On a similar occasion, Allah’s Apostle kissed his grandson al-Hasan bin `Ali while al-Aqra’ bin Habis at-Tamim was sitting beside him. Al-Aqra’ said,I have ten children and I have never kissed a single one of them.”

 Allah’s Messenger cast a look at him and said, “Whoever is not merciful to others will not be treated mercifully.”

If we take a lesson from these traditions, we see that Muslims’ hearts should be full of affection, love and mercy toward children, who are Allah’s trusts to us. We should also be aware of where and how we are supposed to manifest our love and mercy.

Once, the Prophet was holding his small grandson in his lap when the child urinated on him.  Umm Fadl (may Allah be pleased with her) was shocked and began to scold the boy. The Prophet (peace and blessings be upon him) stopped her, saying, “You’re hurting my son! May Allah have mercy on you.” In this way he gave a strong example of the importance of tolerating the inadvertent offenses of children.  

Sometimes the Messenger of Allah prayed while his grandsons were on his lap and sometimes he let them climb on his back while he was prostrating. He told the Companions who wanted to interfere, “Let the boys have fun.”

Again, once when the Messenger of Allah heard a child crying during formal prayers, he shortened the prayer as much as possible. Afterwards he told the congregation, “Don’t you know that their crying makes me sad?”

Anas (may Allah be pleased with him), who served the Prophet as a young boy, narrates:

I served the Messenger of Allah (peace and blessings be upon him) for ten years and, by Allah, he never said to me a single harsh word and he never asked me about anything why I had done that, or why I had not done that. (Bukhari, Sawm, 53; Manaqib, 23; Muslim, Fada`il, 82)

Children who were raised next to the Prophet were adorned with special beauties and insights. Another exemplary incident is the report narrated by Sahl b. Sa`d (may Allah be pleased with him):

Allah’s Messenger was offered something to drink and drank some of it.On his right was a boy and on his left were some elderly people. He said to the boy, “May I give this to these older people first?”

The young boy was very wise and said, “O Messenger of Allah! I will not give up my share from you to somebody else.” Upon hearing that, the Messenger of Allah (peace and blessings be upon him) placed the cup in the hand of that boy at the expense of the elderly Companions. (Bukhari, Ashriba’, 19)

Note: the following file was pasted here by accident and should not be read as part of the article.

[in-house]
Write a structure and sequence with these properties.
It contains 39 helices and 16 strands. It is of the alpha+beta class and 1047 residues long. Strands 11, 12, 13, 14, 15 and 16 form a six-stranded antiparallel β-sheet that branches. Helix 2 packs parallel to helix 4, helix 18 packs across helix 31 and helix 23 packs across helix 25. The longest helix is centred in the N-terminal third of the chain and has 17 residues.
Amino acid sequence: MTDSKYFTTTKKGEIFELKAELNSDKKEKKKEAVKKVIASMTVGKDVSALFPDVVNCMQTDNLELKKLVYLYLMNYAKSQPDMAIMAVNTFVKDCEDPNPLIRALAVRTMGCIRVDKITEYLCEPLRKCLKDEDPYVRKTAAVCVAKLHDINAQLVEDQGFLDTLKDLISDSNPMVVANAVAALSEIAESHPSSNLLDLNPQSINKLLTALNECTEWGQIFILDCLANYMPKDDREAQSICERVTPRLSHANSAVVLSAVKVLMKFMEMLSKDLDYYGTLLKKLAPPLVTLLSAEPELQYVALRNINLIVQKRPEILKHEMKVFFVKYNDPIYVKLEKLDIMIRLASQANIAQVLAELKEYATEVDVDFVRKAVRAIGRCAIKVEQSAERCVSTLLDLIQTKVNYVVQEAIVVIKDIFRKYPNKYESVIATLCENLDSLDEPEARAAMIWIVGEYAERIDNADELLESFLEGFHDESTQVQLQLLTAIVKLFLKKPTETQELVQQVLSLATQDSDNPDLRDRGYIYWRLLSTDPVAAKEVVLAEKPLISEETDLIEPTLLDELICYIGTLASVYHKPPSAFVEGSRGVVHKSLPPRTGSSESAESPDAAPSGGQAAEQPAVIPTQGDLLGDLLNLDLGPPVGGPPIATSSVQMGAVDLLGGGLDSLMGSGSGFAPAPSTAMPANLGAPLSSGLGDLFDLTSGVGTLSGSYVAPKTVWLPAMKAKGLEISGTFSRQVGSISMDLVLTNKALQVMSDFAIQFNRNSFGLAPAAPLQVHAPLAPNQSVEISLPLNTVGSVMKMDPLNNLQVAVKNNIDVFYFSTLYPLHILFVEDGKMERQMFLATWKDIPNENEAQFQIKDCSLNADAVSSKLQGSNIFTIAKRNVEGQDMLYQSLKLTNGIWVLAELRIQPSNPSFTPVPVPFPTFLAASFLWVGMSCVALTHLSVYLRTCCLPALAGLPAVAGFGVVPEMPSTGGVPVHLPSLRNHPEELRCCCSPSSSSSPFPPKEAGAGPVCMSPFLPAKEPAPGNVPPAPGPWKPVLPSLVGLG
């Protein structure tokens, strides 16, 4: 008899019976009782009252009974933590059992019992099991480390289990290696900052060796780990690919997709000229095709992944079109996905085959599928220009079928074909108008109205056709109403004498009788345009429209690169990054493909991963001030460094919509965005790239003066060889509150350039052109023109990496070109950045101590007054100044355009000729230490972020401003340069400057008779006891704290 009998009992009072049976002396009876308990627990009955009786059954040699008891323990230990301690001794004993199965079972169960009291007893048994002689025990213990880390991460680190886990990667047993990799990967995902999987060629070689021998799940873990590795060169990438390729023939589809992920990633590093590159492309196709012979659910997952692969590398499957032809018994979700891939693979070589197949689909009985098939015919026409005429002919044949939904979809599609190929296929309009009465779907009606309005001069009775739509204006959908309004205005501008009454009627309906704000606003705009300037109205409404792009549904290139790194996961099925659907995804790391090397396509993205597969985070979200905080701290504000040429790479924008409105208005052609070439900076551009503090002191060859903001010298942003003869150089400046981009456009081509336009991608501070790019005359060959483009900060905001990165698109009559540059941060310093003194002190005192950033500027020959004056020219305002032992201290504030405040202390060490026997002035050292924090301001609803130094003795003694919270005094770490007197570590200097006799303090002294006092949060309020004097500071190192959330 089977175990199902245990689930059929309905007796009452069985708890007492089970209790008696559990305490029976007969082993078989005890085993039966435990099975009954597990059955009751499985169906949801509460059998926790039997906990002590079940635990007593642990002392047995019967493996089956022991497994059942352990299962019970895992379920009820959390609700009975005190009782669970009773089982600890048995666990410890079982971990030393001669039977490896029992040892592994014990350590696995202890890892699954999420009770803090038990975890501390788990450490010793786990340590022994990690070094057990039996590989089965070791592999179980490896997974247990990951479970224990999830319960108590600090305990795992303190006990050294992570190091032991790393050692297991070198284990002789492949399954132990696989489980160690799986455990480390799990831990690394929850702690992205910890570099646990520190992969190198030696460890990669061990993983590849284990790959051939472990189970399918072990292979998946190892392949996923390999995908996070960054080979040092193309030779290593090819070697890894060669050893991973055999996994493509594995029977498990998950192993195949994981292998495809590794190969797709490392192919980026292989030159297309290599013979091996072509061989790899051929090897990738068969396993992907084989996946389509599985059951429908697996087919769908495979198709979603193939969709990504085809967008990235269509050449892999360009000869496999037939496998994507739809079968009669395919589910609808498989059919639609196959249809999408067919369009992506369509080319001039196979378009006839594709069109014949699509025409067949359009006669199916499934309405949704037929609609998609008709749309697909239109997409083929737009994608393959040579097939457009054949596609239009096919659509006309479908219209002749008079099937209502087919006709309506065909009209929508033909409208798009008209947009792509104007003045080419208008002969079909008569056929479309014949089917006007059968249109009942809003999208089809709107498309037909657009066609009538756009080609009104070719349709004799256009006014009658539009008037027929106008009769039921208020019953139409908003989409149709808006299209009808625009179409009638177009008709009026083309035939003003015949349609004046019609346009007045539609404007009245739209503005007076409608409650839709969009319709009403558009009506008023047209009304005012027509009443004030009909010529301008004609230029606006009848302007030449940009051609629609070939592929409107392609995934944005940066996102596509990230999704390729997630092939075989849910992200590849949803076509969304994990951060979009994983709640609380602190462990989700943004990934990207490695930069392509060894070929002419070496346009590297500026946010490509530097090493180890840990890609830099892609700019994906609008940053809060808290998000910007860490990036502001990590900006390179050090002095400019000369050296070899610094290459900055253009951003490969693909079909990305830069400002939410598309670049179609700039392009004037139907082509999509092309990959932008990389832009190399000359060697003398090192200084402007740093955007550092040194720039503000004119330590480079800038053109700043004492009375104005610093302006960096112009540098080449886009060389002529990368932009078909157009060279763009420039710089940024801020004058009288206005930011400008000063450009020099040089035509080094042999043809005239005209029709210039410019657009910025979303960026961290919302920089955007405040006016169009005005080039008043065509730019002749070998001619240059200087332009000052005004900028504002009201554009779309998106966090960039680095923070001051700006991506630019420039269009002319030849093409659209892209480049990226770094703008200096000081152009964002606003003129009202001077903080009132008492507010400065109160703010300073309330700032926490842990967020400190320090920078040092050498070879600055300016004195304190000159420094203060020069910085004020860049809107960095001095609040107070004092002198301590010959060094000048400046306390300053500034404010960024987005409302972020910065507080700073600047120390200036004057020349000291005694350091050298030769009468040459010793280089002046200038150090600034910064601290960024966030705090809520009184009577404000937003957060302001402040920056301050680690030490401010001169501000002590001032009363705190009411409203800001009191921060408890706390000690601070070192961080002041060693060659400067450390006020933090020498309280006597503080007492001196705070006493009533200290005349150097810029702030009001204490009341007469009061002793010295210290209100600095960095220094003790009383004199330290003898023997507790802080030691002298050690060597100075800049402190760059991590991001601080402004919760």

In another report:

On a day when the Prophet was staying at the house of his daughter Fatima, his grandsons, Hasan and Husayn, asked him for some water (may Allah be pleased with them all). Allah’s Messenger gave the water first to Hasan.  From this, Fatima guessed that the Prophet loved Hasan more. The Messenger of Allah said, “No, Hasan was the first to ask for water.” And then he added: “When it comes to gifts, treat your children equally. If I had wanted to privilege anyone over others, I would have preferred girls.” (Ibn Hanbal, I, 101; Ibn Hajar, al-Matalib al-‘Aliya, IV, 69; Haythami, IV, 153)

Our Prophet emphasized the significance of child discipline in many of his sayings.

Give treats to your children and raise them well.(Ibn Maja, Adab, 3)

A father cannot give his child a better gift than good discipline.(Tirmidhi, Birr, 33)

It is better for a Muslim to instruct his [or her] child in even one good characteristic than to give a heaping measure of food in charity.(Tirmidhi, Birr, 33)

When a person dies, all of his acts come to an end but three: charity that recurs, knowledge that brings benefit, or a pious child who prays for him.(Muslim, Wasiyya, 14; Tirmidhi, Ahkam, 36)

Among the rights of a child upon his [or her] father are a spiritually meaningful name and good manners  (Bayhaqi, Shu`ab al-Iman, VI, 401-02)

Anyone who has three daughters and provides for them, clothes them, shows mercy to them, assists in their marriages and keeps assisting them afterwards, will definitely enter Paradise. (Abu Dawud, Adab, 121;Ibn Hanbal,III, 97)

“If someone raises two girls to maturity in kindness, on the Day of Resurrection, he and I will be like this” – and he interlaced his fingers (to show the degree of nearness between him and that person).  (Muslim, Birr, 149; See alsoTirmidhi, Birr, 13)

If someone has three daughters and is patient with them and clothes them from his wealth, they will be a shield against the Fire for him.(Bukhari, Zakat, 10; Adab, 18; Muslim, Birr, 147; See also Tirmidhi, Birr, 13)

Q – Are there any other Companions who, like Anas, were raised by the Prophet ?